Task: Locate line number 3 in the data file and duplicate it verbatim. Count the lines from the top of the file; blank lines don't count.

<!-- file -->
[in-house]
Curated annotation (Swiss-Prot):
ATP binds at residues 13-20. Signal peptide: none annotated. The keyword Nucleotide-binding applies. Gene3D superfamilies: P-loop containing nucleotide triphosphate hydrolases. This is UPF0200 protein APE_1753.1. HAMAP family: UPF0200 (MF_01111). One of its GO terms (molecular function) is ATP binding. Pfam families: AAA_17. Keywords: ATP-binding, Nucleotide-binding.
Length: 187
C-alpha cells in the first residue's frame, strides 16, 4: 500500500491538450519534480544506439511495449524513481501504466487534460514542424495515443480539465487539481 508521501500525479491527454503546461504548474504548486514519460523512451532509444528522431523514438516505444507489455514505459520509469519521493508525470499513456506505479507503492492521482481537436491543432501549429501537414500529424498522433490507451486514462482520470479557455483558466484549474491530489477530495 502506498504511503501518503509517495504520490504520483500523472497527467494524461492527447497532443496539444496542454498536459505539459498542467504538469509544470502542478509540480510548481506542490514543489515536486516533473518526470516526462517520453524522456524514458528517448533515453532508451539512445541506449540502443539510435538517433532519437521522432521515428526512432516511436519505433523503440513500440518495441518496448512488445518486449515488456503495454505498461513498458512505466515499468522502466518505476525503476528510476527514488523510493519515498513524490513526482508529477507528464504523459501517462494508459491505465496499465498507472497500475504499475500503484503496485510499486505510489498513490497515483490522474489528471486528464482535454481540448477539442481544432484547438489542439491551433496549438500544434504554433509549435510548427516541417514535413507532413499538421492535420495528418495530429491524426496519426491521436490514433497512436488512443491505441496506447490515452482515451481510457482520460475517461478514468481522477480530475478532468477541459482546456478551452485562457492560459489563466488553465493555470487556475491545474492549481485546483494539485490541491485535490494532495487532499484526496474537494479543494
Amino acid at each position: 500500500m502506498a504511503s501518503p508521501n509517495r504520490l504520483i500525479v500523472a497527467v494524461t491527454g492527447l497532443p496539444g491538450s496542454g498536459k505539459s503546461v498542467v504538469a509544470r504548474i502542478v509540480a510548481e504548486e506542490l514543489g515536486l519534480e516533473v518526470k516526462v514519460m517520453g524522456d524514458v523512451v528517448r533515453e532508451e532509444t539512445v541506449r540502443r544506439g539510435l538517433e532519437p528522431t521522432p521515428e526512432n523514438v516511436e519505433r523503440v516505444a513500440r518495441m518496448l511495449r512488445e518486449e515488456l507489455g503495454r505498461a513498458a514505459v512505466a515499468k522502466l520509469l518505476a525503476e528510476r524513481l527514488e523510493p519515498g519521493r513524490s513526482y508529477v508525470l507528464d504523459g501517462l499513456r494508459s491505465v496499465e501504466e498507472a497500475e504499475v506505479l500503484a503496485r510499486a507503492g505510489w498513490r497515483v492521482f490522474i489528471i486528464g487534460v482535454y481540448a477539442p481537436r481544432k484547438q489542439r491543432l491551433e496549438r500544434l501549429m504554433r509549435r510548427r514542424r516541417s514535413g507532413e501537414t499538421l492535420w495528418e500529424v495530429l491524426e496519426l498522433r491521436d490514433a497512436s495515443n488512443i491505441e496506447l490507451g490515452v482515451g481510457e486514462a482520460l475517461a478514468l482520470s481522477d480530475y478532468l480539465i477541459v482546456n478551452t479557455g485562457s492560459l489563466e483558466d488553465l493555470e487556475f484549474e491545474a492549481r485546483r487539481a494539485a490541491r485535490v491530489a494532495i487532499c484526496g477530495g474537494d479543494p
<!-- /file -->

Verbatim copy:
ATP binds at residues 13-20. Signal peptide: none annotated. The keyword Nucleotide-binding applies. Gene3D superfamilies: P-loop containing nucleotide triphosphate hydrolases. This is UPF0200 protein APE_1753.1. HAMAP family: UPF0200 (MF_01111). One of its GO terms (molecular function) is ATP binding. Pfam families: AAA_17. Keywords: ATP-binding, Nucleotide-binding.